Hannah is a family law lawyer located in Traverse City, Michigan, who handles divorce, child custody, paternity, adoption, neglect, and other family law matters, and who assists fathers and mothers to exercise their rights to custody and parenting time. At what age can a child choose which parent she wants to live with? 12 year old child can choose which parent to live with? In my experience, that seems almost, but not universally true. Technically speaking, a child has no legal ‘right to choose’. This means that they are not recognized by the court as being able make legally binding decisions, including decisions regarding their custody.
Judges and referees are third parties whose knowledge of the family dynamics and of the needs and best interests of the children are logically much more limited than should be the reasoned knowledge of Mom and Dad. But it is safe to say that in Michigan, there is no specific “age” when a child can dictate with whom she wants to live. A child custody determination is much more difficult and subtle than an arithmetical computation of factors. What reason or reasons does the child cite for wanting to change residences? Is the reason a valid one?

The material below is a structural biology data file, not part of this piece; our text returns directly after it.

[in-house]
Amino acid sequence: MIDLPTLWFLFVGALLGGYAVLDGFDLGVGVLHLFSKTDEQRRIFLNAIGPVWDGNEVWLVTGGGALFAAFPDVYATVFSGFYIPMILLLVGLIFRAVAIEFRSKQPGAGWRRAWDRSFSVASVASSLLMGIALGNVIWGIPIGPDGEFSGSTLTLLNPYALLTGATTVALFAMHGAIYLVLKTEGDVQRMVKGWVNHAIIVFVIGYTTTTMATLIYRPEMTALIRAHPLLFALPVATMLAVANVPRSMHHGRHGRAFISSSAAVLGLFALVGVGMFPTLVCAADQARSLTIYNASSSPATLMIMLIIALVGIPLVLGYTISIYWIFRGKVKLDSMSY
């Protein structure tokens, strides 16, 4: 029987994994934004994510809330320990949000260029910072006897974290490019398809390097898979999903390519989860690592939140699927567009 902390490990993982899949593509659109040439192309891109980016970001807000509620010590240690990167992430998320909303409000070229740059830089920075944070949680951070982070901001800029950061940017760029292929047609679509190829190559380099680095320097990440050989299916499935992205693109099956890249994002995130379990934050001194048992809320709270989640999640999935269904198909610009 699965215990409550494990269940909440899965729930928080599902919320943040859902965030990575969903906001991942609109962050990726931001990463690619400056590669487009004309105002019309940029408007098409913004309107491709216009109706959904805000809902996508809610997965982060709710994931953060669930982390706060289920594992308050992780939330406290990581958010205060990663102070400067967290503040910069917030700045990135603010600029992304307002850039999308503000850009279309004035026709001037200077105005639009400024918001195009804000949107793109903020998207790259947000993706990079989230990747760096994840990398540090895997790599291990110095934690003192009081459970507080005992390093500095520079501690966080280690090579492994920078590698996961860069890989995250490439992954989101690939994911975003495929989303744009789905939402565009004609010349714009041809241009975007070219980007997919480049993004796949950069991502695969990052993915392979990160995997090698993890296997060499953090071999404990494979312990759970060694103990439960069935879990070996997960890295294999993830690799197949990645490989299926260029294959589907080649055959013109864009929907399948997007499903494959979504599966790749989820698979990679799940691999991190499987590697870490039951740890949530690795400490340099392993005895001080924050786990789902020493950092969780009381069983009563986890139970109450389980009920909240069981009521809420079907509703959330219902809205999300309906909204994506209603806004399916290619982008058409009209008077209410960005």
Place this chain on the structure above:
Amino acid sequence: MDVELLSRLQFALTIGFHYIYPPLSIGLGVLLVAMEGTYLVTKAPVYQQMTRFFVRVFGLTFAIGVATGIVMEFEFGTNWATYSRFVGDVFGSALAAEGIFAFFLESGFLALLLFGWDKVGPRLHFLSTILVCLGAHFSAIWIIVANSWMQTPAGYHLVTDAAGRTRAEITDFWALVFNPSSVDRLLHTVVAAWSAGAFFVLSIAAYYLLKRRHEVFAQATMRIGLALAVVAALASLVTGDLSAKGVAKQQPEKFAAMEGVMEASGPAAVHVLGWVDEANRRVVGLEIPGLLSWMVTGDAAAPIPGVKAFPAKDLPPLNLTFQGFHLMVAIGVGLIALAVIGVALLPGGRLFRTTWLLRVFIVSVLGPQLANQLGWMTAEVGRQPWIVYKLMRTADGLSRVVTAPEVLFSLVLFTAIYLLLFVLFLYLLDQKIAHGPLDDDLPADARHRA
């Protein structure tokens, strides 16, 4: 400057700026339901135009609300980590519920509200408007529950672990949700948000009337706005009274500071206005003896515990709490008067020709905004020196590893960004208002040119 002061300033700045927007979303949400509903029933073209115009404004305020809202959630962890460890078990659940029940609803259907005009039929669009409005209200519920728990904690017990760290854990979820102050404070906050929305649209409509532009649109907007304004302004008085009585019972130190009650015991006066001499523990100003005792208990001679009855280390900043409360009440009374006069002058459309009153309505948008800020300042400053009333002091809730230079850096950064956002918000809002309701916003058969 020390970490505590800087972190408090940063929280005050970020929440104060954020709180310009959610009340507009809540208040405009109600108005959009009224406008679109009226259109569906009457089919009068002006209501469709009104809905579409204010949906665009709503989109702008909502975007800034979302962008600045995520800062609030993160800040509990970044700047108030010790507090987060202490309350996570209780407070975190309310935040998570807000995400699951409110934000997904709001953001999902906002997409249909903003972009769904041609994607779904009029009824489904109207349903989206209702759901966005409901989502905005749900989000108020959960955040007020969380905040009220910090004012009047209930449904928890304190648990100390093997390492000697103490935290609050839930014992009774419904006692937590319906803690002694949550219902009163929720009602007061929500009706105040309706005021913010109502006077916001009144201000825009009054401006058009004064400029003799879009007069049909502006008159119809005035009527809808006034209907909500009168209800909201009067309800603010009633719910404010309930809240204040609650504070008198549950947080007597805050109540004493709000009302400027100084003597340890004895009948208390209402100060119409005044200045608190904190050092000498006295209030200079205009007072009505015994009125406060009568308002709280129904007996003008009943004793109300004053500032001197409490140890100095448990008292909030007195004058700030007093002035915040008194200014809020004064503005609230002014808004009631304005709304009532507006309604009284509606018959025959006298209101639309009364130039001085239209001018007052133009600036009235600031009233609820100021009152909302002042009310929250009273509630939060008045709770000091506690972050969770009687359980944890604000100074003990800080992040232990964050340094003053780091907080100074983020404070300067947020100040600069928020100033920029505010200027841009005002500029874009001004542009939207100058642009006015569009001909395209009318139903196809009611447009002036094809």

Is it a significant factor or issue in the child’s life? Some issues have more importance than others, such as schooling or a need for specialized medical care. How stable and reliable is the parent the child wants to live with? If that parent is unstable or unreliable the judge will not likely approve the change. The parent the child wants to live with must be as capable, as able, and as willing to care for the child as the one the child currently lives with. Does the child show social maturity and emotional and intellectual development?
Is the child’s decision or preference supported by one or both of the parents? Is the move the child requests against the wishes of either of the parents? Is there any evidence that the child has been pressured, bribed, or manipulated into requesting the move? Is there evidence that the move will really serve the child’s best interests in the long-term? Without a demonstration that a clear and significant benefit will be derived by the child from the change in residence, a judge will be unlikely to give approval. Will the move separate this child from other children in the family? Is that what is age-appropriate and otherwise appropriate for this child?